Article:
Tax regulations on crypto donations in South Korea may be getting more complex. Indeed, this time, it’s cryptocurrencies received as part of an airdrop that are in the regulator’s sights.
Tax airdrop for the South Korean government
The South Korean government may have found a way to half-stifle, the enthusiasm around airdrops. The South Korean Ministry of Strategy and Finance has informed about the application of inheritance and gift tax provisions to airdrops in the context of an investigation into the interpretation of tax legislation.
Specifically, airdrop recipients will have to pay gift tax at a rate of 10% to 50%. They will have to file their tax returns within three months.
An existing law with a vague outline for an emerging sector
A government that wants to fill the coffers of the state, will not surprise too much, observers. Still, the South Korean Ministry of Finance could have waited for a clear regulatory tax framework on cryptocurrencies to emerge. Instead, it is trying to enforce existing laws.
In theory, the gift tax affects all objects, which have an economic value. The Ministry of Finance tried to clarify the scope of this tax, and its limits, vis-à-vis the airdrop:
“Whether a specific virtual asset transaction is subject to gift tax or not must be determined by taking into account the situation of the transaction, for example, whether it is a consideration or whether real goods and profits are transferred.”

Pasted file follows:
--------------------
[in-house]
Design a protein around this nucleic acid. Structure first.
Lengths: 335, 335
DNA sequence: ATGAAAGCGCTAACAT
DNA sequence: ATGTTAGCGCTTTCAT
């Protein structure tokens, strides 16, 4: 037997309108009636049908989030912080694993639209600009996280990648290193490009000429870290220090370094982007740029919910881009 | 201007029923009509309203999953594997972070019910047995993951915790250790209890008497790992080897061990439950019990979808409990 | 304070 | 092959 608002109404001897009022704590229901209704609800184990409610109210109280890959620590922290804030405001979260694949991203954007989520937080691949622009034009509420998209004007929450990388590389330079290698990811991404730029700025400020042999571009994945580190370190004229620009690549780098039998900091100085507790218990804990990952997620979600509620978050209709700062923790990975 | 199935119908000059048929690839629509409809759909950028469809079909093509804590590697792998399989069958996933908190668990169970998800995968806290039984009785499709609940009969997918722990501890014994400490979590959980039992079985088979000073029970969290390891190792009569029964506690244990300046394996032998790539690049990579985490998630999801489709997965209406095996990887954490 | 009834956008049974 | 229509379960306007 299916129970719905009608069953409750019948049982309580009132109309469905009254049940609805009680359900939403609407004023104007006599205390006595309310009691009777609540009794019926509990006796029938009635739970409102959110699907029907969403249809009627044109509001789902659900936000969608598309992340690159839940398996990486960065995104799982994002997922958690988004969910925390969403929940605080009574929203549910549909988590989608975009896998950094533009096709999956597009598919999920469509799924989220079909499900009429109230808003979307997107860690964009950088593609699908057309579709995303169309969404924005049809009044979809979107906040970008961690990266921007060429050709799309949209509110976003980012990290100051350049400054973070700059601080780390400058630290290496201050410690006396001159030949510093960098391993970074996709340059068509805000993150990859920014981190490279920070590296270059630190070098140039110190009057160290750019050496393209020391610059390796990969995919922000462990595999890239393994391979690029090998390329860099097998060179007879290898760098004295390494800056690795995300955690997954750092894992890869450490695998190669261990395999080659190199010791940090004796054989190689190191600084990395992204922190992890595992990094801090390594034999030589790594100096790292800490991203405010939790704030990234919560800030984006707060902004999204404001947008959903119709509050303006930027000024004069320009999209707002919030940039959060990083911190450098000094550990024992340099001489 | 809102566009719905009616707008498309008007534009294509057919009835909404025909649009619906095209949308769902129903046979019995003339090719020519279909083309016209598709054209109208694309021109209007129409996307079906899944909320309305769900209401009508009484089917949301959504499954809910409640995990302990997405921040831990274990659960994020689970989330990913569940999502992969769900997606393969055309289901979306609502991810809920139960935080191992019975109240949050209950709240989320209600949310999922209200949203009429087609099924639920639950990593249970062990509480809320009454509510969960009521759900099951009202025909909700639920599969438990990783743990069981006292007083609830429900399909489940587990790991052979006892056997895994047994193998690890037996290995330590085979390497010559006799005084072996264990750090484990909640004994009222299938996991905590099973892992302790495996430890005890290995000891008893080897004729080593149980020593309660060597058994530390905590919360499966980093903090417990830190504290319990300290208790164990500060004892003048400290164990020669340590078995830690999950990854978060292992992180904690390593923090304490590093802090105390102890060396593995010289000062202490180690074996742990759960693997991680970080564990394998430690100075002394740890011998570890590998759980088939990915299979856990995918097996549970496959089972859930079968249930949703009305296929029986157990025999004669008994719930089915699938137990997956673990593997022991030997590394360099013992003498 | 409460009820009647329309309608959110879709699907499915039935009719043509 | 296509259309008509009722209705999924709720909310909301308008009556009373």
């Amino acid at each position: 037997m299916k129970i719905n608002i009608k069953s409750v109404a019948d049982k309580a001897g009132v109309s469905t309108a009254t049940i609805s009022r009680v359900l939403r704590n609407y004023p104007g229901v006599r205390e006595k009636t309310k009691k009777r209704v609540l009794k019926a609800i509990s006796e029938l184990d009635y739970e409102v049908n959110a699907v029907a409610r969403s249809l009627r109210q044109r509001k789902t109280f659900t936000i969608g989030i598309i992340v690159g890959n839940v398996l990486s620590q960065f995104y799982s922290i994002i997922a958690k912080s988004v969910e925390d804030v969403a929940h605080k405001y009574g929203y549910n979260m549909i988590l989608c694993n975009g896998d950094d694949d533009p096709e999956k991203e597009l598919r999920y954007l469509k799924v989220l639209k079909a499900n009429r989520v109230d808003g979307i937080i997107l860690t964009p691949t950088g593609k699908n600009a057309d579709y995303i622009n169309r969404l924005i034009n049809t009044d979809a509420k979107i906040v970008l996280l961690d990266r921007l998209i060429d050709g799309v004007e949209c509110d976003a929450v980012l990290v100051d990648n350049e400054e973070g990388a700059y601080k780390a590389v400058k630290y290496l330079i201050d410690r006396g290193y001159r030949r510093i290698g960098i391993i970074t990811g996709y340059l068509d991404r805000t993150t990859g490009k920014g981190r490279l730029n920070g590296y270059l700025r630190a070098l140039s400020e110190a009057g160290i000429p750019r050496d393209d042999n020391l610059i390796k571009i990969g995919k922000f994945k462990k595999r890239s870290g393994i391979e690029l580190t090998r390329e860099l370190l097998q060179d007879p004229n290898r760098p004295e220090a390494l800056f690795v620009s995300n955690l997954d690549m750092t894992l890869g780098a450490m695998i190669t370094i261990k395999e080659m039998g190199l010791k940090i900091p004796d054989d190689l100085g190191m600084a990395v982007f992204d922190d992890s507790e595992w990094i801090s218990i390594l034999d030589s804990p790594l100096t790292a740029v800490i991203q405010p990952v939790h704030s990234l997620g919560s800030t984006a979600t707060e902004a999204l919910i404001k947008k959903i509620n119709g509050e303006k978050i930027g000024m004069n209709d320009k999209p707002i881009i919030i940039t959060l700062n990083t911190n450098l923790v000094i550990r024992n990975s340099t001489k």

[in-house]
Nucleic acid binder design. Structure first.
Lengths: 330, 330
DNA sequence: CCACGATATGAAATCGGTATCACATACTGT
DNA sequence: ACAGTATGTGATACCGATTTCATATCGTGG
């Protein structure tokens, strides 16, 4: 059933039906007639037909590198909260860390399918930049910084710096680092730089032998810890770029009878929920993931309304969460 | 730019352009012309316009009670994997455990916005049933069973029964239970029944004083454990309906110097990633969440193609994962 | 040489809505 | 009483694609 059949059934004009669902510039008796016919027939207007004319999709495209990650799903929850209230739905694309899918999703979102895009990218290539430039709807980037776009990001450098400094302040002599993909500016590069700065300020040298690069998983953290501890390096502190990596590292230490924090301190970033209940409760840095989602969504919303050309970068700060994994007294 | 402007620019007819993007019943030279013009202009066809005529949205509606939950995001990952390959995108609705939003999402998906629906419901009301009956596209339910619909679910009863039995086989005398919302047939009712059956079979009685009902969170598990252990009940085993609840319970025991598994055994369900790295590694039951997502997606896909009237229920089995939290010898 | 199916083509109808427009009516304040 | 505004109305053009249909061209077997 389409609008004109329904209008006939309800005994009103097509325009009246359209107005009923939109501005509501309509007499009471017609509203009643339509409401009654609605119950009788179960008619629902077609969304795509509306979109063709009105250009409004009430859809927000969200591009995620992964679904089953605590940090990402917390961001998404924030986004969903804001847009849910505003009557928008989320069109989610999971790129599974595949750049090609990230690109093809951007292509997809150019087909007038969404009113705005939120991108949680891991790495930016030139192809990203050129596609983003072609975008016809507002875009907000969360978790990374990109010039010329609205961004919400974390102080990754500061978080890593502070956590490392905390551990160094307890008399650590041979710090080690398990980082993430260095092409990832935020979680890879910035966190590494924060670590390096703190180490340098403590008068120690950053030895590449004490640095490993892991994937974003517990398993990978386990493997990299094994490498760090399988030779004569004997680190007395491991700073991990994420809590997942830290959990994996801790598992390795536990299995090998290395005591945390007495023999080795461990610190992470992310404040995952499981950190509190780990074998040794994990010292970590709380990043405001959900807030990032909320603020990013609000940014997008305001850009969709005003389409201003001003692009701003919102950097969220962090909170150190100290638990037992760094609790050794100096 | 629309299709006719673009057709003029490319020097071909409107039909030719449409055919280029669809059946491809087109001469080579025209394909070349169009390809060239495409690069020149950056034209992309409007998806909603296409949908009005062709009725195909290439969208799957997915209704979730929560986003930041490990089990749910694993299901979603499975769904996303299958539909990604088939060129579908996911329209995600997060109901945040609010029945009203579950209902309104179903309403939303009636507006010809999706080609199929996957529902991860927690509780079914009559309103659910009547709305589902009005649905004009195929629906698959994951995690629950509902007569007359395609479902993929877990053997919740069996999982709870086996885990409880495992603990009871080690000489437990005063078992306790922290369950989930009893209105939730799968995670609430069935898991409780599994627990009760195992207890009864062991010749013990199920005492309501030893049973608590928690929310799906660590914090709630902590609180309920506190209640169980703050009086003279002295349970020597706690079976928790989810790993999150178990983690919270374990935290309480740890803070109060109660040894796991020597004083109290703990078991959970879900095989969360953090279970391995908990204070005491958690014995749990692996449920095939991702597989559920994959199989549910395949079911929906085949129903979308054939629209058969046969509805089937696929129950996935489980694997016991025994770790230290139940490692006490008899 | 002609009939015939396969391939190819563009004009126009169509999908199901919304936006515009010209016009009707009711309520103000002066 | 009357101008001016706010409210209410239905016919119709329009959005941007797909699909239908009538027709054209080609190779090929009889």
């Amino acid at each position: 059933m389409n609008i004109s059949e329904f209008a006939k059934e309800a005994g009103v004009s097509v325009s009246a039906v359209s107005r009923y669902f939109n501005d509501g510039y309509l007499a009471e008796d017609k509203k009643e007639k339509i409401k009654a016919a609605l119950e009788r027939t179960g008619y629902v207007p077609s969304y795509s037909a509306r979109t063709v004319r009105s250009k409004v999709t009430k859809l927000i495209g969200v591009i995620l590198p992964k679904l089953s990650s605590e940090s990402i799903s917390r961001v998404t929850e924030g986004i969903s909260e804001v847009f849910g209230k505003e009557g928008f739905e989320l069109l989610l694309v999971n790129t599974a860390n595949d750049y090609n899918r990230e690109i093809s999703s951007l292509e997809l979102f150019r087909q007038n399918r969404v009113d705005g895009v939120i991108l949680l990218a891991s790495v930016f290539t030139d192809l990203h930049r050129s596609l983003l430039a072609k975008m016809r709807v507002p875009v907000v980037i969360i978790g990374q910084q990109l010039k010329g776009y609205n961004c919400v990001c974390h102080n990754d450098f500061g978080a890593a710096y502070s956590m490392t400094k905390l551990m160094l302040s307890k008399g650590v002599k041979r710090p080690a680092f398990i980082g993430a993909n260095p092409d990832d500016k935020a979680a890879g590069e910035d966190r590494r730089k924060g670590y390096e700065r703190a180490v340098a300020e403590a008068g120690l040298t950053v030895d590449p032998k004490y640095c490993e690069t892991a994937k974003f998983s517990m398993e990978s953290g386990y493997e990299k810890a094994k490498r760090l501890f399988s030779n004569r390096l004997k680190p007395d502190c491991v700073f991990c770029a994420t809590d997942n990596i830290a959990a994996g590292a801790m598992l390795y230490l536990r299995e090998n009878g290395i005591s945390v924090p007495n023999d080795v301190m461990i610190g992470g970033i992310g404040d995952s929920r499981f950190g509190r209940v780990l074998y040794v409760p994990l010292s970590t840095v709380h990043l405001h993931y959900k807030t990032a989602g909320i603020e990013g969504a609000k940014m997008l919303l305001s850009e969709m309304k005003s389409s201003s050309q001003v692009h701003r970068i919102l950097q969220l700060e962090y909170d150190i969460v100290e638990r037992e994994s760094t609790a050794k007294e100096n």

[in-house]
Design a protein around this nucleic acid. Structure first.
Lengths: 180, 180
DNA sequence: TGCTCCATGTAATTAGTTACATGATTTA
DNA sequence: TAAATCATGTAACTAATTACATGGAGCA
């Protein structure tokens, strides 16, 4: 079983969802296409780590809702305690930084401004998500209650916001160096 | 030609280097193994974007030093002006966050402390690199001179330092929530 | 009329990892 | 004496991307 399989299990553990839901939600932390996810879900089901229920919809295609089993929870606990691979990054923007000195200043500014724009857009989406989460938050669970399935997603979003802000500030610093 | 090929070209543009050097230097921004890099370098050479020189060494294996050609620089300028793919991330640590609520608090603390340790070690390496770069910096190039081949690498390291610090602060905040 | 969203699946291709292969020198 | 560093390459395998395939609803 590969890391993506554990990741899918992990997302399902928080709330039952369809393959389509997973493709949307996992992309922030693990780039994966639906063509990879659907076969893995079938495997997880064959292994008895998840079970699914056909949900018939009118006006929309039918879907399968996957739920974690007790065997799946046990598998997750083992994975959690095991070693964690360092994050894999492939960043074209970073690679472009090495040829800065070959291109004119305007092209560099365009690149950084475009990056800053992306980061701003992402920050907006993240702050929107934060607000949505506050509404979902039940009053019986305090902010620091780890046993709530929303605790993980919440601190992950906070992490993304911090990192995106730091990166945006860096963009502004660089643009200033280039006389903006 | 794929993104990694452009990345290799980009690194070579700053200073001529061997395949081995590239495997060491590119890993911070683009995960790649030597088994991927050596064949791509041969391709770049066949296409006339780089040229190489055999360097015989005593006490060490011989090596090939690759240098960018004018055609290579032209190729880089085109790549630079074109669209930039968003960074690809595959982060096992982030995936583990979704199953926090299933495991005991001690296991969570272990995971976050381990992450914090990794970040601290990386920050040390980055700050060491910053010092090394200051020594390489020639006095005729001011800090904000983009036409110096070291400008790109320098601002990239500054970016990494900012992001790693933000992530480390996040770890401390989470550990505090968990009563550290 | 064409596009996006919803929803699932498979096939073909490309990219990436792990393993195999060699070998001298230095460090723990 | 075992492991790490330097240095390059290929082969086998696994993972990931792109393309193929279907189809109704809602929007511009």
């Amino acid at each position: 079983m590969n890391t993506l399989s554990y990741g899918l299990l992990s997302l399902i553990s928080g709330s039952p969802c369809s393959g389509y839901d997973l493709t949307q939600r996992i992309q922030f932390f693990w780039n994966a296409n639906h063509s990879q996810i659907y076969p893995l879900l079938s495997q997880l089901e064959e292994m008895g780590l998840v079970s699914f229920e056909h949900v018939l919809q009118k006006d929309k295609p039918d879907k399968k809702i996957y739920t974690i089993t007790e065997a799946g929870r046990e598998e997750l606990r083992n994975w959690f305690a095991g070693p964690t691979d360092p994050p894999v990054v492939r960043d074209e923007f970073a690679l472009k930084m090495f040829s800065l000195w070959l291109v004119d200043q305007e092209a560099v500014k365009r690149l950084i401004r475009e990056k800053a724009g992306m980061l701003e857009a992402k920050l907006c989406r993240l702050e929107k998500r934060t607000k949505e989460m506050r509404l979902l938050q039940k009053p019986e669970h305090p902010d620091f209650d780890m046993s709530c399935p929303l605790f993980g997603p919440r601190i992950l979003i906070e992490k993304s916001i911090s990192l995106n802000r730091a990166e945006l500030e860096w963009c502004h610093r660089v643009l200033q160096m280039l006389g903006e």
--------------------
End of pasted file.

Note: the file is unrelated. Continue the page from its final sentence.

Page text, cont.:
Case by case: fog surrounding the taxation of cryptocurrency airdrops
In practice, however, these explanations are not enough to prevent a regulatory nut. In fact, the South Korean government is reportedly of the opinion that issues related to the effective taxation of freely obtained cryptocurrency transactions should be handled on a case-by-case basis.
This position reflects a certain complexity of this topic, and thus the difficulty for the taxpayer, to determine for himself, whether or not he is required to report and pay a gift tax, on a given transfer of free virtual assets to his wallet.
On the airdrop side, South Korea thus seems to be deviating from its otherwise wise position of understanding and regulating cryptocurrencies, before taxing them.